WASHINGTON – Rep. Mike Ross, a leading gun rights advocate on Capitol Hill during 12 years in the U.S. House, threw his support Wednesday behind efforts to ban high-capacity assault weapons in the aftermath of the Sandy Hook school massacre.

"This is not the same America that I grew up in, and I think it is time to address whether there really is a legitimate need for high-capacity weapons that can shoot, you know, a lot of rounds of ammunition," said Ross, co-chairman of the Congressional Sportsmen’s Caucus.

Ross, a Democrat, said during an interview that he has given a lot of thought to this change of heart.

"I think past notions that any change at all in gun laws is a foot in the door – I think it is time we get beyond that," he said. "America has changed. Unfortunately, it is a different place than when we were children. And, we need some commonsense reforms."

As an outgoing member of Congress, Ross won’t be around in the 113th session to vote on gun legislation drafted in response to the Connecticut shooting rampage that left 20 children and six educators dead. However, his turnabout does demonstrate how the tragedy has substantially shifted the balance toward substantive gun law reforms.

Rep. Mike Thompson, D-Calif., a former co-chair of the Congressional Sportsmen’s Caucus, has also said that gun control should be part of a comprehensive response to the shootings. Rep. Jack Kingston, R-Ga., who has enjoyed strong support from the National Rifle Association, as has Ross, has also joined the chorus.

Along with gun reforms, they say Congress should consider reforms of the mental health system and look at regulating graphic violence in video games.

Rep.-elect Tom Cotton, a Republican from Dardanelle, said Wednesday that Congress should focus on the mental health system in response to the massacre at Sandy Hook Elementary School. He is opposed to any new gun regulations, saying that there are "enough already on the books."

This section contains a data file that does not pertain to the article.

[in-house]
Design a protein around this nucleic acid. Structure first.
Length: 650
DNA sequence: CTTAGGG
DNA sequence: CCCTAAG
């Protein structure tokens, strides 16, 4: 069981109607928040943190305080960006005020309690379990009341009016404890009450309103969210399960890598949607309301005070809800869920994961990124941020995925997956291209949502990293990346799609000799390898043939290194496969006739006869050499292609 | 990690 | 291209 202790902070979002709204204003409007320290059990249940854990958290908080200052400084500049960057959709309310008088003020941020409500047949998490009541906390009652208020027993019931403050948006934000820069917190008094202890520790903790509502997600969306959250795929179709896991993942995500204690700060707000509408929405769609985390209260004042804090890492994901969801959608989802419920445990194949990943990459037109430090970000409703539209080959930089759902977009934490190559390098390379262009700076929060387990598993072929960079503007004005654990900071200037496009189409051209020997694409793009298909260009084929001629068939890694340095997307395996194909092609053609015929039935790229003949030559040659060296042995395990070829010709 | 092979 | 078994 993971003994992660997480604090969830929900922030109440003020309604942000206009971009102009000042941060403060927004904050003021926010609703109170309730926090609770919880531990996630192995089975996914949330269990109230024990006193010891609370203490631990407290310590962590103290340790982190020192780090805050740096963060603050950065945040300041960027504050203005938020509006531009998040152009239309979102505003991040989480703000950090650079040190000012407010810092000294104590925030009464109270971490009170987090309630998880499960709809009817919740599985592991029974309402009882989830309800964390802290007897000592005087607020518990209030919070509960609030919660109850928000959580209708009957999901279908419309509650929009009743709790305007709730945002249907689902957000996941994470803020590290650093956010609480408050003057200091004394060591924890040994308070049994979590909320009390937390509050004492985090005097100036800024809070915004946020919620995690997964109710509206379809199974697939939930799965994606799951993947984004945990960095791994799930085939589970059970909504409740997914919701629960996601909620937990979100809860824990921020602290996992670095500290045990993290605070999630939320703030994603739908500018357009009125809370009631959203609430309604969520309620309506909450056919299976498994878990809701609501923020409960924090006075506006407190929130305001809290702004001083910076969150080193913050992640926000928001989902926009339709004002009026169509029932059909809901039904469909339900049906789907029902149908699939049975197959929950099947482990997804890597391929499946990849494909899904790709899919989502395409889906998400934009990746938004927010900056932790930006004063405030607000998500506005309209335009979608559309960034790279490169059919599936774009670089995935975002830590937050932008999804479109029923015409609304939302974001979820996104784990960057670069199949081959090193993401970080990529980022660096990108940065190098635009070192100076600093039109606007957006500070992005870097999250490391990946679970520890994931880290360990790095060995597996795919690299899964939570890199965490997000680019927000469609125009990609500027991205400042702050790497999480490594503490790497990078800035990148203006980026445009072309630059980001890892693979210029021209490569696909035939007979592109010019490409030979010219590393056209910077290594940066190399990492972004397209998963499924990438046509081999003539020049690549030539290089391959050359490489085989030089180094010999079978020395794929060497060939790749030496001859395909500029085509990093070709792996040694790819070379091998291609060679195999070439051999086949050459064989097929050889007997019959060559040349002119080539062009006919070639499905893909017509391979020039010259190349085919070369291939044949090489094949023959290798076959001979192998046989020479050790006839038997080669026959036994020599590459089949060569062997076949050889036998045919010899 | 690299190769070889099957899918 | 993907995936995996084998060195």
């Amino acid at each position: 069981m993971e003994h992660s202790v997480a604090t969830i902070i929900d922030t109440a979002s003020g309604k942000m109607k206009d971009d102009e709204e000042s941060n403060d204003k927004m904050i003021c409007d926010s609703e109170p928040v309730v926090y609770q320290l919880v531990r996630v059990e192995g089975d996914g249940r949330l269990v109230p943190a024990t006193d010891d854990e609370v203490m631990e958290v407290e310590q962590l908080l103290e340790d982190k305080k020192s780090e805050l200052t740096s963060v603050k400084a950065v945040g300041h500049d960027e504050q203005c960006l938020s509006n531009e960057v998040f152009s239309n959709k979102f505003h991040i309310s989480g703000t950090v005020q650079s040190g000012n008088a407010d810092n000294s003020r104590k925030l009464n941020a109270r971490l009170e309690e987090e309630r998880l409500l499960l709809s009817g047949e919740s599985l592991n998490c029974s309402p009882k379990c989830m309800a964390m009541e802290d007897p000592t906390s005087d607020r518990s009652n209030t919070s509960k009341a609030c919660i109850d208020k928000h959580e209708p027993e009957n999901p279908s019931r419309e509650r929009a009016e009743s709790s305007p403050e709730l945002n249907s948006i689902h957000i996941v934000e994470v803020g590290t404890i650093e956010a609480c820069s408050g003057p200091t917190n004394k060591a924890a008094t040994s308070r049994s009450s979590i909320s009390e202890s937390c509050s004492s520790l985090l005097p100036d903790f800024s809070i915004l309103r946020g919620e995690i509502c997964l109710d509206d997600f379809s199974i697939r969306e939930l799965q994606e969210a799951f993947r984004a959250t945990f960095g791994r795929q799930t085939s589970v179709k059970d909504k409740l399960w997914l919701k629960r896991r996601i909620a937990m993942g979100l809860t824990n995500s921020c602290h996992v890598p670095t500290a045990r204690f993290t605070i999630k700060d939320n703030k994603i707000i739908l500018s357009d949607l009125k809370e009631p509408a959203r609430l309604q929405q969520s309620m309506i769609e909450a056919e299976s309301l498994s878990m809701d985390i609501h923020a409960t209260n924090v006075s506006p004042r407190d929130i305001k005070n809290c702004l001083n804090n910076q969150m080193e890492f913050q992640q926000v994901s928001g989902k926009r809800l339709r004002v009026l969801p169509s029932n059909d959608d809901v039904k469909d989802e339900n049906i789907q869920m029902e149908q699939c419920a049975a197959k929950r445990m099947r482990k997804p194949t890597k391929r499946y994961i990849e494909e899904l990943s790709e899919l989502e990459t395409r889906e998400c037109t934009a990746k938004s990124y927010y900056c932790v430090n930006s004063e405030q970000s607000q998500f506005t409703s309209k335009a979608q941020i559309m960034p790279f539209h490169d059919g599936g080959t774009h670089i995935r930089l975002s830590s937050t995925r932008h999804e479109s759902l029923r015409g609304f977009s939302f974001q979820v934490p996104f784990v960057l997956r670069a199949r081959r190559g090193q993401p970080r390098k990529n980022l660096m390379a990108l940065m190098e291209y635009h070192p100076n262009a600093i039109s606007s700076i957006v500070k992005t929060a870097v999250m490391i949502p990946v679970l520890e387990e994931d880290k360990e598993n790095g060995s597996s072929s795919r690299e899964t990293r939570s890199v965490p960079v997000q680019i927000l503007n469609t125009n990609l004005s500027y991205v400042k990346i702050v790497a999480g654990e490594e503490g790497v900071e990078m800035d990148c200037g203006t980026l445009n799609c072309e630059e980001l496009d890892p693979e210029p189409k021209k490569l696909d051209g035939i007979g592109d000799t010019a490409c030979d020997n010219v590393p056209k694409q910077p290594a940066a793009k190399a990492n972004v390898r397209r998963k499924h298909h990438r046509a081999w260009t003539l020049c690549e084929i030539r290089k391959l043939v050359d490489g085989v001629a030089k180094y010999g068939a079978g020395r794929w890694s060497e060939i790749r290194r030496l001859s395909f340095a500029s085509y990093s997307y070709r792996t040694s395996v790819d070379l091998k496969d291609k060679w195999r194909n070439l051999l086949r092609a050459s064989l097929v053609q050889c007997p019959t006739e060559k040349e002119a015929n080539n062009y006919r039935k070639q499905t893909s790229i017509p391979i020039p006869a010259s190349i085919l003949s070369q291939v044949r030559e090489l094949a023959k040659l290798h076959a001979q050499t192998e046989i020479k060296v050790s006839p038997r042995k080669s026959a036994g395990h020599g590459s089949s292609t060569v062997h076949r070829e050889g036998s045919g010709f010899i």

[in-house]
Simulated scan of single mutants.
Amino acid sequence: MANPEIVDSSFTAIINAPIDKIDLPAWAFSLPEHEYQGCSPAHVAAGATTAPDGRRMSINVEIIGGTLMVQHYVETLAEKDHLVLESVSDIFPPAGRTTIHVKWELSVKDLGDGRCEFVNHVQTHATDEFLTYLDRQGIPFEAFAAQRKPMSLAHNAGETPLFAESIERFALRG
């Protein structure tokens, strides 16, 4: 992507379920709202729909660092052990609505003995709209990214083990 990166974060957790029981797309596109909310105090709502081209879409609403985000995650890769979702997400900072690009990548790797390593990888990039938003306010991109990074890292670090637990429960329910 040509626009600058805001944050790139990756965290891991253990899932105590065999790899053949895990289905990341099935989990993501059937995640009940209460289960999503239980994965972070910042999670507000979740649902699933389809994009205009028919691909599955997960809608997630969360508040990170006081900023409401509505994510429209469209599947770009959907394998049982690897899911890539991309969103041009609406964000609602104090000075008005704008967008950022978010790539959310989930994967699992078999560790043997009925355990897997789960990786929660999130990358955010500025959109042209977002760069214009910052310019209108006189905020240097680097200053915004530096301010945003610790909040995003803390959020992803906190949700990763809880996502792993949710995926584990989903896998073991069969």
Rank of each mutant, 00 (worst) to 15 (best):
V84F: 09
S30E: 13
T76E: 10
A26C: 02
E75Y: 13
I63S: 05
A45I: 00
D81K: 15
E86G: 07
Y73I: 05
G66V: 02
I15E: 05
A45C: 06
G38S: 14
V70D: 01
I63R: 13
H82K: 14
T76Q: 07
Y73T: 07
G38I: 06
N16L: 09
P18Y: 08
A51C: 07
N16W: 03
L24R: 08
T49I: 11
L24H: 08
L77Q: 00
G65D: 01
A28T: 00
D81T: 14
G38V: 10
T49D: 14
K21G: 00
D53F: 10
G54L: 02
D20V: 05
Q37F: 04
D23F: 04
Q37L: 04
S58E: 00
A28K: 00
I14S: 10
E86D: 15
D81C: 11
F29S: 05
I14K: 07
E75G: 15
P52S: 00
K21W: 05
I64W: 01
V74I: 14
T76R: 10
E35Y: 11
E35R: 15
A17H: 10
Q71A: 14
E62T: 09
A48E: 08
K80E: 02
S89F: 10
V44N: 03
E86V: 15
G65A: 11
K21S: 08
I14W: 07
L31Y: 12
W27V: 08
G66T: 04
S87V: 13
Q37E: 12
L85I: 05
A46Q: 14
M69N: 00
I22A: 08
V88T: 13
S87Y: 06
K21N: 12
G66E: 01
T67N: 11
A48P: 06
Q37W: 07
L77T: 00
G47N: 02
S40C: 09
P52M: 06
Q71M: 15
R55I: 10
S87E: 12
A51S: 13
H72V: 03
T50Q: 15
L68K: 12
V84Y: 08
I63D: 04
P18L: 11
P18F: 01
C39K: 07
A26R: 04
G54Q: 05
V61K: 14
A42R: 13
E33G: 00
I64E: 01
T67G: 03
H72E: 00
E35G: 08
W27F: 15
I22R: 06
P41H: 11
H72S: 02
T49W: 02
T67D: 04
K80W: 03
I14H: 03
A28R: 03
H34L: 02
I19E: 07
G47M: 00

President Barack Obama said Wednesday that he plans to submit broad new gun control proposals to Congress by the end of January.

Ross is a lifelong member of the NRA and in the past has been a key champion of Second Amendment rights.

"No one is more pro-gun than I am. No one enjoys hunting more than I do," he said.

In 2010, Ross led a group of 65 pro-gun Democrats in denouncing comments by U.S. Attorney General Eric Holder that the Obama administration intended to reinstate the assault weapons ban that expired in 2004.

Ross introduced legislation last year to repeal the D.C. semiautomatic gun ban and make it easier for residents of the nation’s capital to purchase and keep guns in the city.

The Newtown shooting appears to have been the last straw for Ross when it comes to civilian ownership of weapons designed for combat.

"These weapons that have been used in these horrendous slayings aren’t the type of guns I hunt with or anybody else hunts with. I mean when you duck hunt you can only have three shells in your gun by law. And, you know, I shoot a Browning 270 deer rifle. I think it might hold four rounds — that’s it. And, I’m your typical hunter out there," Ross said.

The Newtown shooter used a .223-caliber Bushmaster rifle, a modified civilian version of the military’s M-16.

Since 1982, there have been at least 62 mass murders carried out with firearms in 20 states from Massachusetts to Hawaii. Most of the 142 guns used in the shootings were obtain legally, including dozens of assault weapons and semiautomatic handguns, according to a Mother Jones report.